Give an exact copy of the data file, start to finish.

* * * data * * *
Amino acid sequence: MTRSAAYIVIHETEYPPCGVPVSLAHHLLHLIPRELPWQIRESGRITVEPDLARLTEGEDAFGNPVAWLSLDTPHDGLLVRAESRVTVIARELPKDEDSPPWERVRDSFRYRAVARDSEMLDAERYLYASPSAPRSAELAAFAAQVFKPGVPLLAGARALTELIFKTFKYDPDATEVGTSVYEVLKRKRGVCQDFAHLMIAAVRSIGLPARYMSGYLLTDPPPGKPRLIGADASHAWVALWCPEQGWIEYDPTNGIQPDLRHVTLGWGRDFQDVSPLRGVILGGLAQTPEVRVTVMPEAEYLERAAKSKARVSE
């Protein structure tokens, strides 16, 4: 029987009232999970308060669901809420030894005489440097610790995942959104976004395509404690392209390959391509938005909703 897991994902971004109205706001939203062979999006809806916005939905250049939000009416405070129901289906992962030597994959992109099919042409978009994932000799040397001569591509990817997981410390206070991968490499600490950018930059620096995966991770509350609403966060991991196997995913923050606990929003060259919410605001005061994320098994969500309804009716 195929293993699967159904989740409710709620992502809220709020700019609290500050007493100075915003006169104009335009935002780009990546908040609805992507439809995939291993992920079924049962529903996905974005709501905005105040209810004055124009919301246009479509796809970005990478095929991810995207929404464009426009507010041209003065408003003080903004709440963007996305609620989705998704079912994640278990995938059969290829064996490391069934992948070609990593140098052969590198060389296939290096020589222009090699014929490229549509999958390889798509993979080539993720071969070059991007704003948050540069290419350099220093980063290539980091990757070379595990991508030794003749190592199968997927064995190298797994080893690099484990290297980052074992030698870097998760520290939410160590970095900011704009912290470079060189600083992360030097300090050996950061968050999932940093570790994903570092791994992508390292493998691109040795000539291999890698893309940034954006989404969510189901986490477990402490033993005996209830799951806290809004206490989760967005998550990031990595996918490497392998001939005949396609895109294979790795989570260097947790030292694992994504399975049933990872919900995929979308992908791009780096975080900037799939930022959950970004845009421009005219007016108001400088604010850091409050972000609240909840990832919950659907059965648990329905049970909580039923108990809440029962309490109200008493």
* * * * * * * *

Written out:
Amino acid sequence: MTRSAAYIVIHETEYPPCGVPVSLAHHLLHLIPRELPWQIRESGRITVEPDLARLTEGEDAFGNPVAWLSLDTPHDGLLVRAESRVTVIARELPKDEDSPPWERVRDSFRYRAVARDSEMLDAERYLYASPSAPRSAELAAFAAQVFKPGVPLLAGARALTELIFKTFKYDPDATEVGTSVYEVLKRKRGVCQDFAHLMIAAVRSIGLPARYMSGYLLTDPPPGKPRLIGADASHAWVALWCPEQGWIEYDPTNGIQPDLRHVTLGWGRDFQDVSPLRGVILGGLAQTPEVRVTVMPEAEYLERAAKSKARVSE
């Protein structure tokens, strides 16, 4: 029987009232999970308060669901809420030894005489440097610790995942959104976004395509404690392209390959391509938005909703 897991994902971004109205706001939203062979999006809806916005939905250049939000009416405070129901289906992962030597994959992109099919042409978009994932000799040397001569591509990817997981410390206070991968490499600490950018930059620096995966991770509350609403966060991991196997995913923050606990929003060259919410605001005061994320098994969500309804009716 195929293993699967159904989740409710709620992502809220709020700019609290500050007493100075915003006169104009335009935002780009990546908040609805992507439809995939291993992920079924049962529903996905974005709501905005105040209810004055124009919301246009479509796809970005990478095929991810995207929404464009426009507010041209003065408003003080903004709440963007996305609620989705998704079912994640278990995938059969290829064996490391069934992948070609990593140098052969590198060389296939290096020589222009090699014929490229549509999958390889798509993979080539993720071969070059991007704003948050540069290419350099220093980063290539980091990757070379595990991508030794003749190592199968997927064995190298797994080893690099484990290297980052074992030698870097998760520290939410160590970095900011704009912290470079060189600083992360030097300090050996950061968050999932940093570790994903570092791994992508390292493998691109040795000539291999890698893309940034954006989404969510189901986490477990402490033993005996209830799951806290809004206490989760967005998550990031990595996918490497392998001939005949396609895109294979790795989570260097947790030292694992994504399975049933990872919900995929979308992908791009780096975080900037799939930022959950970004845009421009005219007016108001400088604010850091409050972000609240909840990832919950659907059965648990329905049970909580039923108990809440029962309490109200008493």